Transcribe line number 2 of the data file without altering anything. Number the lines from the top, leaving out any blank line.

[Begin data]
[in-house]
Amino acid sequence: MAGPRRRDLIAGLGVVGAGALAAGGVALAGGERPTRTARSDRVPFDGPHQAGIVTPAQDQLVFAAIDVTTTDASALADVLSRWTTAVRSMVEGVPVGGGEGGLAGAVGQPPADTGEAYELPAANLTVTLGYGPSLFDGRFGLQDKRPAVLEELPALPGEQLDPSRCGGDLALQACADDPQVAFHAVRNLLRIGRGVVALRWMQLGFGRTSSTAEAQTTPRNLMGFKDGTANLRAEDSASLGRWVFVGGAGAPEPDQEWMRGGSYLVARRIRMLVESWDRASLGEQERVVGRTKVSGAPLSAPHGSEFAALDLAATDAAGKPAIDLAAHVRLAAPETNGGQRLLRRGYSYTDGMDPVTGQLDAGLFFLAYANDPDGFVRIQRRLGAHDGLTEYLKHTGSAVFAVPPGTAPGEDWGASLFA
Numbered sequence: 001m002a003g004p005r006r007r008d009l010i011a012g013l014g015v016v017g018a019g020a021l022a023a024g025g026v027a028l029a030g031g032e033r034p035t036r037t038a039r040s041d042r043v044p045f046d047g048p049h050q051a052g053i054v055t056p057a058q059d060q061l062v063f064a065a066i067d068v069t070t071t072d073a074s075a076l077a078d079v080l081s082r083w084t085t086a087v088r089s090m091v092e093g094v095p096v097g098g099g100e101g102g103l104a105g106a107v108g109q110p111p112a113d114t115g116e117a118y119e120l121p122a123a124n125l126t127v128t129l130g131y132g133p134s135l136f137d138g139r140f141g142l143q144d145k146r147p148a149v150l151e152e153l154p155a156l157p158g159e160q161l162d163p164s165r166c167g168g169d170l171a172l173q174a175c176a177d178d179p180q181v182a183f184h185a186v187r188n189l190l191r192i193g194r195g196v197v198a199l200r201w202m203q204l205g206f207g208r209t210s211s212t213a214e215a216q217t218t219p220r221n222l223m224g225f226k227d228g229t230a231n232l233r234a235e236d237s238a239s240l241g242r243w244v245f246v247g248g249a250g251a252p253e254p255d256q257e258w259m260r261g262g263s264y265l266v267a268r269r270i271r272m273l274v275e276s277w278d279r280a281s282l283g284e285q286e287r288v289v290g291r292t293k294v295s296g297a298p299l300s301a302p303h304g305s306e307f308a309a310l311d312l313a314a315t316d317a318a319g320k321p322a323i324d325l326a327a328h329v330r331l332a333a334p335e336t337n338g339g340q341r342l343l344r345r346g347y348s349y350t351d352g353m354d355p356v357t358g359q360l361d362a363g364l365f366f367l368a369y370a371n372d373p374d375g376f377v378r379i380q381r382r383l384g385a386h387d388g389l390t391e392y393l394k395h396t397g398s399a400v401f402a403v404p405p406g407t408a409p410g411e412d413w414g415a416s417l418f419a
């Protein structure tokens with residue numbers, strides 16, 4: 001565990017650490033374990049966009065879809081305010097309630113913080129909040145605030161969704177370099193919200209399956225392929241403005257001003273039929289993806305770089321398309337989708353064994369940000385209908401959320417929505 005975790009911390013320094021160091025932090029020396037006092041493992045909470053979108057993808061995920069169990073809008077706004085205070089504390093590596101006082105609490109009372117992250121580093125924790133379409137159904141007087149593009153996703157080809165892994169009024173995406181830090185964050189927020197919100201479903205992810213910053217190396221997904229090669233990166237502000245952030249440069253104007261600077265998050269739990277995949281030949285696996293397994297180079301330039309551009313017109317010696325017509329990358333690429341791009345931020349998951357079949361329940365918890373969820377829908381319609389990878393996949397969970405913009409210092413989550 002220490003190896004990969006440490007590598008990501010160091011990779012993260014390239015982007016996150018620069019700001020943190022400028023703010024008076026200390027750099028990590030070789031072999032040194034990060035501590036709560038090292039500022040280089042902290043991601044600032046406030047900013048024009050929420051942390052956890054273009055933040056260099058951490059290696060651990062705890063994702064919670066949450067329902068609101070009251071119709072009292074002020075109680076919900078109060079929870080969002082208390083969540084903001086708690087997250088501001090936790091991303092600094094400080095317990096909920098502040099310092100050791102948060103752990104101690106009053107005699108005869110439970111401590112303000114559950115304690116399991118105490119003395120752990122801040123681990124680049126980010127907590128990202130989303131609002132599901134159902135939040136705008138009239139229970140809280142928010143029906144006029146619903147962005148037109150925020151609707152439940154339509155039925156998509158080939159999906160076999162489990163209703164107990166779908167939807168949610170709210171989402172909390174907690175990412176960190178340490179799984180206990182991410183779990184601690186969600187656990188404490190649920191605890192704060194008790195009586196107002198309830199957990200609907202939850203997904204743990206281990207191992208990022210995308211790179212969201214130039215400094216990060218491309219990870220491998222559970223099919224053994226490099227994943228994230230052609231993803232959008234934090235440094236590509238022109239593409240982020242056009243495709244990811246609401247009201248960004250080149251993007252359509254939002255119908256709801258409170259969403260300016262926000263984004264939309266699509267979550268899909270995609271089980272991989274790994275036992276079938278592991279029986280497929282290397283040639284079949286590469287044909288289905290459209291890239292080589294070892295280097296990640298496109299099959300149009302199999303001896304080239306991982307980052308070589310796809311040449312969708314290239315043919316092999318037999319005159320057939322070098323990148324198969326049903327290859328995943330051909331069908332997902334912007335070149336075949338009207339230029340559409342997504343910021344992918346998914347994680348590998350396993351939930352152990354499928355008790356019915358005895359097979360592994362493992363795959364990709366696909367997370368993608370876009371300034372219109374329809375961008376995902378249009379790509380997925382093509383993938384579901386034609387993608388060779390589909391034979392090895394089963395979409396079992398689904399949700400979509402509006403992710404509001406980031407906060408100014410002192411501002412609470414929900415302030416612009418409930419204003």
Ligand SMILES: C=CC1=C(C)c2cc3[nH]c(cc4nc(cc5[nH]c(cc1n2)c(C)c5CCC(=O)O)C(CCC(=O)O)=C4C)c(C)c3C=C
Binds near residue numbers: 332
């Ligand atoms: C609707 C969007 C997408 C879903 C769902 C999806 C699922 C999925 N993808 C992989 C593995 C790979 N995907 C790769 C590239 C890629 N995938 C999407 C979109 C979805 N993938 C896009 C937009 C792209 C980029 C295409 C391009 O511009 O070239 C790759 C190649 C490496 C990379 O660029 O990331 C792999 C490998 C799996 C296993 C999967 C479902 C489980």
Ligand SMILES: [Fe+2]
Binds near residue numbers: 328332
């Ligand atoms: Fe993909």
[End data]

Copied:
Amino acid sequence: MAGPRRRDLIAGLGVVGAGALAAGGVALAGGERPTRTARSDRVPFDGPHQAGIVTPAQDQLVFAAIDVTTTDASALADVLSRWTTAVRSMVEGVPVGGGEGGLAGAVGQPPADTGEAYELPAANLTVTLGYGPSLFDGRFGLQDKRPAVLEELPALPGEQLDPSRCGGDLALQACADDPQVAFHAVRNLLRIGRGVVALRWMQLGFGRTSSTAEAQTTPRNLMGFKDGTANLRAEDSASLGRWVFVGGAGAPEPDQEWMRGGSYLVARRIRMLVESWDRASLGEQERVVGRTKVSGAPLSAPHGSEFAALDLAATDAAGKPAIDLAAHVRLAAPETNGGQRLLRRGYSYTDGMDPVTGQLDAGLFFLAYANDPDGFVRIQRRLGAHDGLTEYLKHTGSAVFAVPPGTAPGEDWGASLFA